Youth-Adult Partnership Spotlight–Winter 2022

How Are You(th) Supported?

What, or who, are you(th) supports made of?  Are in the ‘right place?  Whose design are you following?  Will everyone be comfortable inside the relationship, or even the conversation, when you are finished?

In my work with UW-Madison, Division of Extension in Community Youth Development, I have tried to find as many ways as possible to frame the supportive adult relationships aspect of 4-H/Positive Youth Development around diversity, equity and inclusion.  One of my first opportunities was through participation with Diversity Action Team programming, and over the past year, we’ve found different ways to build this out from including the call to action slides for youth audiences in the programs to developing learning opportunities in the community.

One area of focus has been educator outreach.  While this was initially a more general marketing conversation, which included analyzing current gaps in outreach and possible next steps, the priority area quickly became schools.  Beginning in February of 2021, we sought information from districts around the county to provide feedback on what they already knew about DAT and what kinds of strategies would be most helpful to them.  This relationship, my relationship with those who are in positions of supportive adult relationships is not new, simply newly expressed, but the idea of partnership, especially partnership with those who have marginalized experiences needs to remain centered.  Let me explain.

Peace Corps gave me my first opportunity to listen to and support educators.  As a resource to encourage community integration, Peace Corps paid for two sessions of eighty hours a piece.  My teacher was Oscar, a principal at one of the elementary schools receiving the program I was assigned to, Environmental Education.  We talked at first about basic topics like introductions and family.  I always made coffee.   The Guatemalan coffee I drank in most homes was made with a lot of sugar, but not milk products.  I introduced Oscar to the powdered creamer I bought in the Dispensa, the large grocery store affiliated with Walmart.  He had never known it existed, but from then on I noticed his kitchen shelf never went without it.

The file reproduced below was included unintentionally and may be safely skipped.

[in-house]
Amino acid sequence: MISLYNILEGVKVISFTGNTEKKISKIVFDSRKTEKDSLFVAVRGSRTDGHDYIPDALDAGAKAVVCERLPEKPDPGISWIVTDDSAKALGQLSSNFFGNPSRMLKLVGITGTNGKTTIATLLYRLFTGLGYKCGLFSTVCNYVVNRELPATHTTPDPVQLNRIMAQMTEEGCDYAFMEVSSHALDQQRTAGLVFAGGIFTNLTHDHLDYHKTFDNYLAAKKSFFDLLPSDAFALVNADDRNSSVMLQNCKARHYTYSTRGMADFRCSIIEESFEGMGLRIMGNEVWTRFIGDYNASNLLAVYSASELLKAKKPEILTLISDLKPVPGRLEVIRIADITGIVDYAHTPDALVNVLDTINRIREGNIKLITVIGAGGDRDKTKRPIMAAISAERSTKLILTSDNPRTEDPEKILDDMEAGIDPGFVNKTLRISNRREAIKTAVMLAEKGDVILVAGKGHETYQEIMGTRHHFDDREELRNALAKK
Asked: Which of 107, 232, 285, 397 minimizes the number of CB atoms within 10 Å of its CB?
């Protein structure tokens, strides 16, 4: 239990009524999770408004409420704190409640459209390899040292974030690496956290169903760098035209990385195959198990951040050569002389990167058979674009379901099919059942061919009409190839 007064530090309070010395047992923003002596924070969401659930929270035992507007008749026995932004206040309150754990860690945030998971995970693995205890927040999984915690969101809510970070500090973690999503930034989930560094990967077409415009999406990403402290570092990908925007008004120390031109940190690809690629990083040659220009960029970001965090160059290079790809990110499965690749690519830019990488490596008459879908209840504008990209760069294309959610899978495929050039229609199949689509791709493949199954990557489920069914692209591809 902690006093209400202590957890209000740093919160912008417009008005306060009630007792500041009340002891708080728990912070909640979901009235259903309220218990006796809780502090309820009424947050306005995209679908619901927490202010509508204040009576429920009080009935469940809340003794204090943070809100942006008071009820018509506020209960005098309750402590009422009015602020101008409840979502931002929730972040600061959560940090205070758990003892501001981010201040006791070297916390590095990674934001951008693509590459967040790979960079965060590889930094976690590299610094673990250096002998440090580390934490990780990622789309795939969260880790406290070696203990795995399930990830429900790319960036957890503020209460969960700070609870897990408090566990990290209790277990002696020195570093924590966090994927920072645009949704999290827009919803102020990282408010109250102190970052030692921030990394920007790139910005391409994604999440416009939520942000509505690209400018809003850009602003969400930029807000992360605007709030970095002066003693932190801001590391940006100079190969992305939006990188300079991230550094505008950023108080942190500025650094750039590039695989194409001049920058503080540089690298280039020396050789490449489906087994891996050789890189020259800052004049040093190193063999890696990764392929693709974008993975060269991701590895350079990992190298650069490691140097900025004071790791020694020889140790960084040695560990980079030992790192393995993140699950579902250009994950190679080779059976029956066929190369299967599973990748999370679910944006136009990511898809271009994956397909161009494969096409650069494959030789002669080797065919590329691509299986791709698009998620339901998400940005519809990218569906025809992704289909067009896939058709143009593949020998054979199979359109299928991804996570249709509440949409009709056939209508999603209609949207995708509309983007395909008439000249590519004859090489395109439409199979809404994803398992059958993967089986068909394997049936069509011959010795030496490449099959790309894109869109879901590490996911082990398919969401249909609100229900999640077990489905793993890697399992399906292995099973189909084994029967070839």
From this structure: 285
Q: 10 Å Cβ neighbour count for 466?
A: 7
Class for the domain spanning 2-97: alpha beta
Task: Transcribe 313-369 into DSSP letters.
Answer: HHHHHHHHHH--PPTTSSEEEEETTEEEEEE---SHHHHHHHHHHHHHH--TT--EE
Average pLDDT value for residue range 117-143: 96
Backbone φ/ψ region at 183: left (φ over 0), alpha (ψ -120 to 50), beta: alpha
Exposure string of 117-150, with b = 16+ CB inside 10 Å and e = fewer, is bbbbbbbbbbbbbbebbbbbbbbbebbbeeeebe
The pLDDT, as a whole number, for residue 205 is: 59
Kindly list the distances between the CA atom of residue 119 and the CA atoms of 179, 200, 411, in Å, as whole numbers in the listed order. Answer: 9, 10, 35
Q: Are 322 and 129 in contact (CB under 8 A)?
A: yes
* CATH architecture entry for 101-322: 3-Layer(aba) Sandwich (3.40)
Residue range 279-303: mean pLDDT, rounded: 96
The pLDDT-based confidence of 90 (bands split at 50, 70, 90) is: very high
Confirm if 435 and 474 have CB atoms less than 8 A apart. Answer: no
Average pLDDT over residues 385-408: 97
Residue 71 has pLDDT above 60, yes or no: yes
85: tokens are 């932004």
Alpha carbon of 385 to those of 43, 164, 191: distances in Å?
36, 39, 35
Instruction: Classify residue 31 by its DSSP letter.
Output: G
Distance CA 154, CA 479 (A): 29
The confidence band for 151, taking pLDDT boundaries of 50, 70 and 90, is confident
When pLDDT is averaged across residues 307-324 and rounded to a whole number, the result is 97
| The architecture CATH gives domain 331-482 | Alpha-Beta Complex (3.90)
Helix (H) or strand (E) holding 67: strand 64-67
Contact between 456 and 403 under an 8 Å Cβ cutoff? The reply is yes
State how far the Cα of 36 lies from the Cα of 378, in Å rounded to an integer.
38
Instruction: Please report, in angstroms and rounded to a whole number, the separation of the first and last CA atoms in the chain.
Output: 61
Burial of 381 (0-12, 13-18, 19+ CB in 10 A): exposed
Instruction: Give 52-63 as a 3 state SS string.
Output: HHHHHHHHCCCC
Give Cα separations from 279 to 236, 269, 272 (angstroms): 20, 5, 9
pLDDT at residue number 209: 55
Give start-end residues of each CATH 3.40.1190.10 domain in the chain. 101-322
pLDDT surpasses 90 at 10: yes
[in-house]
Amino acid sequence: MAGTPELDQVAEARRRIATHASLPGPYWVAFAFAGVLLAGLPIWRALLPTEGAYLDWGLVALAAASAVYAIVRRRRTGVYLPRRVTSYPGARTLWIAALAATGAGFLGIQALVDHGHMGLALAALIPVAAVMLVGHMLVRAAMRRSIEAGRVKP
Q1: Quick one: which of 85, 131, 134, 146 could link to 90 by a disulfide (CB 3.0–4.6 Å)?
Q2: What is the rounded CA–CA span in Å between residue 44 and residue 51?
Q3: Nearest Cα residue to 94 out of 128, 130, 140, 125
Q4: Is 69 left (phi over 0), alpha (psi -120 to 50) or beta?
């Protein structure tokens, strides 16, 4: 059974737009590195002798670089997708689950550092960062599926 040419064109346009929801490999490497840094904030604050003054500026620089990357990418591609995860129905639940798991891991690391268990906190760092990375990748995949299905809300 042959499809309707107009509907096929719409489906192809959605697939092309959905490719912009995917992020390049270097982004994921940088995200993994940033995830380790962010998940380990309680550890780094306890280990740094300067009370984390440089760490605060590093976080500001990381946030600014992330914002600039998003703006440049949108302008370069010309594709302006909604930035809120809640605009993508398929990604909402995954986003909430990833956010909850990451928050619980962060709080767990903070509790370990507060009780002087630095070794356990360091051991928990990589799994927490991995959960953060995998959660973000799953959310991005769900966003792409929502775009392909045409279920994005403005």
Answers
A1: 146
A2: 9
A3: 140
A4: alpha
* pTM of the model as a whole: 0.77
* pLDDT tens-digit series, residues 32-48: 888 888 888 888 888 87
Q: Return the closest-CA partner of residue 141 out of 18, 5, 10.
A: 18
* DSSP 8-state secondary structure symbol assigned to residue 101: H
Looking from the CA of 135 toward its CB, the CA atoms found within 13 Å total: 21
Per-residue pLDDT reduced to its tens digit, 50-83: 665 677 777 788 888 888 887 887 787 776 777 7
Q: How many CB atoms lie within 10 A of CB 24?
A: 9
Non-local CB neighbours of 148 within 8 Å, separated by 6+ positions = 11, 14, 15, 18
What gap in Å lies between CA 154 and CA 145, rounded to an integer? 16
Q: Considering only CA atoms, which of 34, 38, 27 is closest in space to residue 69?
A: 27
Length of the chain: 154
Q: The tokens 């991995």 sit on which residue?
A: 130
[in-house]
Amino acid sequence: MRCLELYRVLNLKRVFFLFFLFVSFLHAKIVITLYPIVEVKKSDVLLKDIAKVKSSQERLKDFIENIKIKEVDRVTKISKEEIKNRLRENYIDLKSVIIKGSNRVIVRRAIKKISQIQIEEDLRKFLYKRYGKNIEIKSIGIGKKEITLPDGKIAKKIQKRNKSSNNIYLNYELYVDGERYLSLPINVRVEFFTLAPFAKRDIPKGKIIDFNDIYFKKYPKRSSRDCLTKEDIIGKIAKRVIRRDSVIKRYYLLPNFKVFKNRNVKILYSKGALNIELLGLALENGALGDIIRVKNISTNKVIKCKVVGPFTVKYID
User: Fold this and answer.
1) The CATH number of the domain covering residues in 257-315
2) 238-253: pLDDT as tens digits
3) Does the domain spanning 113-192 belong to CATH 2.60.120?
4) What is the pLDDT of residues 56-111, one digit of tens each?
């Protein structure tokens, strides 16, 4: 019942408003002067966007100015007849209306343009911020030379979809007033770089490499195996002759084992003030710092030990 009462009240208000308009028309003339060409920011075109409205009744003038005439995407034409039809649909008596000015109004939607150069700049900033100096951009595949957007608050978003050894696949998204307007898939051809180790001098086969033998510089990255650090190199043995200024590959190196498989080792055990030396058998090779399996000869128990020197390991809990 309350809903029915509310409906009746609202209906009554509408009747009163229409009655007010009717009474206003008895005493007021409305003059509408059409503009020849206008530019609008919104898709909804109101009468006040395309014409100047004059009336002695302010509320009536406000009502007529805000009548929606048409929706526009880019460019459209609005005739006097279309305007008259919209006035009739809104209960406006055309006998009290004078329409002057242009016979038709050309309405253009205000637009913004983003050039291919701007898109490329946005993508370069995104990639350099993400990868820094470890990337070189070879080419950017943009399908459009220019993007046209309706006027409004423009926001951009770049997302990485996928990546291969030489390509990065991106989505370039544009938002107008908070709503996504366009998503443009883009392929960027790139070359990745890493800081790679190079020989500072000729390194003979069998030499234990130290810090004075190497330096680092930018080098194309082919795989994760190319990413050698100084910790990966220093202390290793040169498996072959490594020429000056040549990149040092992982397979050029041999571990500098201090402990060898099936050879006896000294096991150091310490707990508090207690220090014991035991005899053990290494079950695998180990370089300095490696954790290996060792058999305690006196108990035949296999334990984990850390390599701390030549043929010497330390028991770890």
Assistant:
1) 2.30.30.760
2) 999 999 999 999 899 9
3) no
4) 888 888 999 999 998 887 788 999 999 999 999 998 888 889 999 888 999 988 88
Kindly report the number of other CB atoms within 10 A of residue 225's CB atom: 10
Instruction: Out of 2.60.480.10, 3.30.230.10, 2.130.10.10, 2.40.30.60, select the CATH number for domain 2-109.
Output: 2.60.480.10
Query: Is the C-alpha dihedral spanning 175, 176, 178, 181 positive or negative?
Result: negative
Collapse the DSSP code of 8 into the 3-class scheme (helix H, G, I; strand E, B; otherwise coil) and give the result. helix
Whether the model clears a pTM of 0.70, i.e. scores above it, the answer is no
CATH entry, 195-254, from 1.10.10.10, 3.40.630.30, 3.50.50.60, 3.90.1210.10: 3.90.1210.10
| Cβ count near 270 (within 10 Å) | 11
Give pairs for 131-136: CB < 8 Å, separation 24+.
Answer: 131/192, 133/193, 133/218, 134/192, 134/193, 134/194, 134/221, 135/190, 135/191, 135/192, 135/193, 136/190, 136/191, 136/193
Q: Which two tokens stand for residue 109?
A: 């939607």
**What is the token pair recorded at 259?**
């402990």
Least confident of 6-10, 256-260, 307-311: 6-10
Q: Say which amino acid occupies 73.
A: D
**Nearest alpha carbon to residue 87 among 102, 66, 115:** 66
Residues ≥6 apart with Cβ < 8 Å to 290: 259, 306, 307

Our coffee was smoother than class.  Oscar frowned that I asked “why” too much.  While he could write the majority of words with confidence, he protested that I wrote all the time in my notebook when my goal was to speak.  I couldn’t help the mismatch.  I needed structure.  I had never learned a language only by ear, but if I had a long list of random sounds and words to memorize, I would never figure out the language.  I sought a few select and integral components around which to organize the foreign and indiscernible sound chunks.  Still, isolated phrases, sometimes progressed to conversation.

“Achike’ nab’an wowe’?  What are you doing here?” Oscar asked.  This was a common practice question I managed in Kaqchikel that especially allowed me to interact with women I would meet on the street in town.  

“Yin.”  I. “Nu’ban.”  I do?  No.  “Xinb’an.”  I did?  No.  I searched for my verb conjugation cheat sheet and found “work”.  Work was intransitive so, “Yin yisamaj rikin ri akw’ala.”  Oscar squinted an eye.  Darn it, plural.  At least I recognized I did something wrong.  That was an improvement.  “Yin yisamaj kikin ri akw’ala”.  

What are you doing here?  That was my question.  That was THE question.  Oscar didn’t say “why”, “achike’ ruma’, to extend the Kaqchikel exercise, but it was implied.

Oscar and I sat facing each other over the wobbly but nicely grained wood table.  Like most furniture at home or school it was covered in a dusty plastic to protect it.  My homemade dictionary was open and evolving, complete with a silly drawing Oscar made of his face.  It was organized alphabetically in Spanish and the front and back covers had the quick guides for verb conjugations, counting, greetings, and other essentials.  He asked the same question, “Why are you here?”  He asked in Spanish this time.  There could be no mistake.